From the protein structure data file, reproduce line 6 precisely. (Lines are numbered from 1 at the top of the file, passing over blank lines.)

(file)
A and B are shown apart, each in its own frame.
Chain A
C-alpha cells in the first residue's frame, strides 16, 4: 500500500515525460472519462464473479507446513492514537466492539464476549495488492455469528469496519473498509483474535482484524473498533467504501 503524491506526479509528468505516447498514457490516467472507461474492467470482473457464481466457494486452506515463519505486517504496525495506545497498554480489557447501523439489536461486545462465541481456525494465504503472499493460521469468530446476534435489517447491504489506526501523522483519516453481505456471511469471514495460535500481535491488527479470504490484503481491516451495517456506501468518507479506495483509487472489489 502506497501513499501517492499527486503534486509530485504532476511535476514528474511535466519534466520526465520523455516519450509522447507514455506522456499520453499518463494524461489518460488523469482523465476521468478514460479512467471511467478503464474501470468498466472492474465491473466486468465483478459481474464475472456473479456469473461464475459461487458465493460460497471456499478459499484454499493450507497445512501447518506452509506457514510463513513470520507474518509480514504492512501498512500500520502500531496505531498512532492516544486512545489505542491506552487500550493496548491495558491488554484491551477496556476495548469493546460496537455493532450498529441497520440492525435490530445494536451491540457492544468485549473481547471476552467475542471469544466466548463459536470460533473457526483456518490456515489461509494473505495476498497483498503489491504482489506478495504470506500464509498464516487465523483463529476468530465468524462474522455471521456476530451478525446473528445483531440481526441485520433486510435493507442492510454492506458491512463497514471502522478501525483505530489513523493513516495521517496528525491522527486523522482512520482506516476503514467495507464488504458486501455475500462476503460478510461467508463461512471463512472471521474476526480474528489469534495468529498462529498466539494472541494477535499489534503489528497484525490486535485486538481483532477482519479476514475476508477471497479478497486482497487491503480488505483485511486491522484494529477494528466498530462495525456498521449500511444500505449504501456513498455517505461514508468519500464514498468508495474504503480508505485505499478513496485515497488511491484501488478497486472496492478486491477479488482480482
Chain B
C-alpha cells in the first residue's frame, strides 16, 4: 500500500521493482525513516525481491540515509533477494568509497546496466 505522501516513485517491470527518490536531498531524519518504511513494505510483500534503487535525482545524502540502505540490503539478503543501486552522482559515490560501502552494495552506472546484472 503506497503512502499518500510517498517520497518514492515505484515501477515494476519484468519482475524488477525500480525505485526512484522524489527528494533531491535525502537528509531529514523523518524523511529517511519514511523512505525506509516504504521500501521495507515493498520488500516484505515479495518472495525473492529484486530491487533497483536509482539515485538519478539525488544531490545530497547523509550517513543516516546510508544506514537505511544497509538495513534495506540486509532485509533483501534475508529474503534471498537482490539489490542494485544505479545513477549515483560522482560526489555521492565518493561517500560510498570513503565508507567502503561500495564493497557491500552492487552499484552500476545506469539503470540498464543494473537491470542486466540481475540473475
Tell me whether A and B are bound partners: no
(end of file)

Tell me whether A and B are bound partners: no